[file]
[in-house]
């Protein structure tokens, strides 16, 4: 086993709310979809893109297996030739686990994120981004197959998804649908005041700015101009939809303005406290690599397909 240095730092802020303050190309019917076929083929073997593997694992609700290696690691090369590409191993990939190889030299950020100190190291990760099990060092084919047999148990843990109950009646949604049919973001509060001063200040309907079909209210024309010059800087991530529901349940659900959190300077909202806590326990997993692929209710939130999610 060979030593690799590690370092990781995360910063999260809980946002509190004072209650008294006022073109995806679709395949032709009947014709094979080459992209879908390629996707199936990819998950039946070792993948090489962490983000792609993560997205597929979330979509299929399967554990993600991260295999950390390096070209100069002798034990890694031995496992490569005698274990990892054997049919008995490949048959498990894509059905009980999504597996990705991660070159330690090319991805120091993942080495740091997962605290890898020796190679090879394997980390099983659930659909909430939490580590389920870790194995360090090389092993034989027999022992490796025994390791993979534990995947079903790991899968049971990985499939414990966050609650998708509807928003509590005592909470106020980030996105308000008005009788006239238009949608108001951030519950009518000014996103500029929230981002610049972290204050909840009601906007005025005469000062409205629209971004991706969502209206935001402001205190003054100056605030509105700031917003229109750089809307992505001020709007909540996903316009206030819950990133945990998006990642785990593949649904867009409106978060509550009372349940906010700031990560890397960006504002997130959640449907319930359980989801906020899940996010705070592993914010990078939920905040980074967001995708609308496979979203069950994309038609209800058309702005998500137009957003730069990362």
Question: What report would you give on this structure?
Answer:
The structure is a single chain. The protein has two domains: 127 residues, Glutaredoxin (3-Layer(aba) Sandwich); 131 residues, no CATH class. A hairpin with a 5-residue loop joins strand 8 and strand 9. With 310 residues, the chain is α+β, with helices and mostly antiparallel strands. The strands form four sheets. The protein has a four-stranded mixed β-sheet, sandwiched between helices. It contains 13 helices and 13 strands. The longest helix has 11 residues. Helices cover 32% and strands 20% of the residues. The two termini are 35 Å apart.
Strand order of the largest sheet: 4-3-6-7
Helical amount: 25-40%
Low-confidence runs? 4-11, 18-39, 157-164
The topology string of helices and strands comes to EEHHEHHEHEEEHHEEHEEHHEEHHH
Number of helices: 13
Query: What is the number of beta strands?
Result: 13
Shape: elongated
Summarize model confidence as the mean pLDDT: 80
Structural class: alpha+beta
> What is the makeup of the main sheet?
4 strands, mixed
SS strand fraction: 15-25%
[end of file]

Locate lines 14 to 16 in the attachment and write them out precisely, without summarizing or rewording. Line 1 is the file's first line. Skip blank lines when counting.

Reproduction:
Summarize model confidence as the mean pLDDT: 80
Structural class: alpha+beta
> What is the makeup of the main sheet?